However, if you buy an accessory designed to be customizable, like mice or keyboards with extra buttons, then you might need the proper desktop software for the accessory. There should be some indication on the accessory's box or product page about what application is needed for full functionality, but here are some examples:

  • Logitech Gaming Software: For customizing controls, lights, and more for most Logitech 'G' gaming products.
  • Logitech Options: Configuration tool for most of Logitech's non-gaming mice, keyboards, and other accessories.
  • Corsair iCue (opens in new tab): Change lighting effects, keyboard macros, and more for most Corsair products.
  • Razer Synapse (opens in new tab): A unified configuration tool for Razer accessories, laptops, keyboards, and more.

As a general warning, always download the required software from the manufacturer's website, not from a rehosting site. Some rehosting sites like to bundle bloatware, or malware, or other extraneous software when you install the drivers.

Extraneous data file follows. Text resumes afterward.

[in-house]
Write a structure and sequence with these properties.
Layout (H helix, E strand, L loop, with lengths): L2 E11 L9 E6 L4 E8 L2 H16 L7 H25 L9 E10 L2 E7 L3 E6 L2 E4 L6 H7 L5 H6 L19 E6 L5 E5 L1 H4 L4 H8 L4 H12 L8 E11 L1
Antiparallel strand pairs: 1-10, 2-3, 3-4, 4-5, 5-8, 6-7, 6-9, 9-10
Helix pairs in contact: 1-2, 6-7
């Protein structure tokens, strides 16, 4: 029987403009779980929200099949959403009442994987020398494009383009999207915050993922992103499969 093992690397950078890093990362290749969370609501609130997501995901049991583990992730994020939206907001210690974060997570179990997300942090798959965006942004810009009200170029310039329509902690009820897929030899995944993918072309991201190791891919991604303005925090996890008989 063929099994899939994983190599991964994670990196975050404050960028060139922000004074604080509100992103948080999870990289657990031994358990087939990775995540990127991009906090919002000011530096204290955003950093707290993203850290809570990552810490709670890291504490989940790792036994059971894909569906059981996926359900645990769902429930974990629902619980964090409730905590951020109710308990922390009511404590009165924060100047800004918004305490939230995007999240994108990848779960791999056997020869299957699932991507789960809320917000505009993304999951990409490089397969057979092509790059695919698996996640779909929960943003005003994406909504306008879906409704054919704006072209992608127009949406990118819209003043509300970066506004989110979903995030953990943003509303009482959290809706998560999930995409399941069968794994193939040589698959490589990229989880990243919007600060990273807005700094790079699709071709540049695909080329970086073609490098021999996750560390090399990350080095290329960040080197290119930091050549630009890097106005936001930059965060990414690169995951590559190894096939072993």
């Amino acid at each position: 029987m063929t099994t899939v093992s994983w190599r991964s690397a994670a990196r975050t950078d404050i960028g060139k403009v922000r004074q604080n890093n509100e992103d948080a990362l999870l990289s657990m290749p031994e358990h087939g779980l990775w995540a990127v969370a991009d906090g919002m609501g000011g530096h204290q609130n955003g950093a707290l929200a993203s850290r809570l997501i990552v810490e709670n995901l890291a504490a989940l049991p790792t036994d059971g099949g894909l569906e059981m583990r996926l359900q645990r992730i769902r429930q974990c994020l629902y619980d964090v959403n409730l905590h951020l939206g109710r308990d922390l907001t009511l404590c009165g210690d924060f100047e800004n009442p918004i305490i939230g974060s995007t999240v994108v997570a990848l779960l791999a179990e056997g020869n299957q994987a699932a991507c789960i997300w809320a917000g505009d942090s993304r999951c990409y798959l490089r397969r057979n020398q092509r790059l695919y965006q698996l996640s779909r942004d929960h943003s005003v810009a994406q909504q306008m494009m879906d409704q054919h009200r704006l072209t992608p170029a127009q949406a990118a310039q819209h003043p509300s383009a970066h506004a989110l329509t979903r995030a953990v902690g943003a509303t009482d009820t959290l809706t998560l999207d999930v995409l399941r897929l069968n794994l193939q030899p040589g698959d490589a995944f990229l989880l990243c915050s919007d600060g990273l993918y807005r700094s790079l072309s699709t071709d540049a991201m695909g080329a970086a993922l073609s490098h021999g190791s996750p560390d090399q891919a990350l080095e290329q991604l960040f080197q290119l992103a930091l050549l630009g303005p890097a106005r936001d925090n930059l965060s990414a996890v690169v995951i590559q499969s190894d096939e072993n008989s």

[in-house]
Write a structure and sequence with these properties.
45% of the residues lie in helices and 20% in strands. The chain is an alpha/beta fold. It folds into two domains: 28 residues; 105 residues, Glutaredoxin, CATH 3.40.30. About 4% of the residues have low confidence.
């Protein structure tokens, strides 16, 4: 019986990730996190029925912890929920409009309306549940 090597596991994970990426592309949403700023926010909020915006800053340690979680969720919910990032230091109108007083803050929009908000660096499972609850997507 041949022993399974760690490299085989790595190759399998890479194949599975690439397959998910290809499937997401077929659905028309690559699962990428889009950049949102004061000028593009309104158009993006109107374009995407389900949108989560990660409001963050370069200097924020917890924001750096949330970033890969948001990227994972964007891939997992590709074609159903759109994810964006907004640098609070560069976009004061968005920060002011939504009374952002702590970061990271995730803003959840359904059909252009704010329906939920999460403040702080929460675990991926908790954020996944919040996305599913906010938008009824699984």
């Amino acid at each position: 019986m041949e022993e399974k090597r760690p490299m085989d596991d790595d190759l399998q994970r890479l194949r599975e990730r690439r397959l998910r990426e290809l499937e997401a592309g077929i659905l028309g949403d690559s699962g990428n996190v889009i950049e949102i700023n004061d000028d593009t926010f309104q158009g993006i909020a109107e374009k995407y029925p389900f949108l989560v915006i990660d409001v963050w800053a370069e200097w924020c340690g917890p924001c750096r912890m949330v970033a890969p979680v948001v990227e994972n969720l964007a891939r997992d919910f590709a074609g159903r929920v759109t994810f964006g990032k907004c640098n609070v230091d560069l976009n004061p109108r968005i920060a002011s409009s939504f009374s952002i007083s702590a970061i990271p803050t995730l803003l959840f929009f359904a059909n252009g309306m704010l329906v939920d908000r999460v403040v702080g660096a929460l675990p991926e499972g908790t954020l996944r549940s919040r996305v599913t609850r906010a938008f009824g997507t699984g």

How to update everything else

The built-in Windows Update service on your PC generally keeps most of your drivers up to date in the background. Unless you use a niche device that doesn't offer updates through Windows Update, you usually don't have to worry about keeping drivers up to date.

To check for any updates for your PC, including driver updates, follow these steps:

  • Click the Start button on the Windows taskbar
  • Click the Settings icon (it's a small gear)
  • Select Updates & Security then click Check for updates.
Katie Wickens
Hardware Writer

Screw sports, Katie would rather watch Intel, AMD and Nvidia go at it. Having been obsessed with computers and graphics for three long decades, she took Game Art and Design up to Masters level at uni, and has been demystifying tech and science—rather sarcastically—for two years since. She can be found admiring AI advancements, scrambling for scintillating Raspberry Pi projects, preaching cybersecurity awareness, sighing over semiconductors, and gawping at the latest GPU upgrades. She's been heading the PCG Steam Deck content hike, while waiting patiently for her chance to upload her consciousness into the cloud.

With contributions from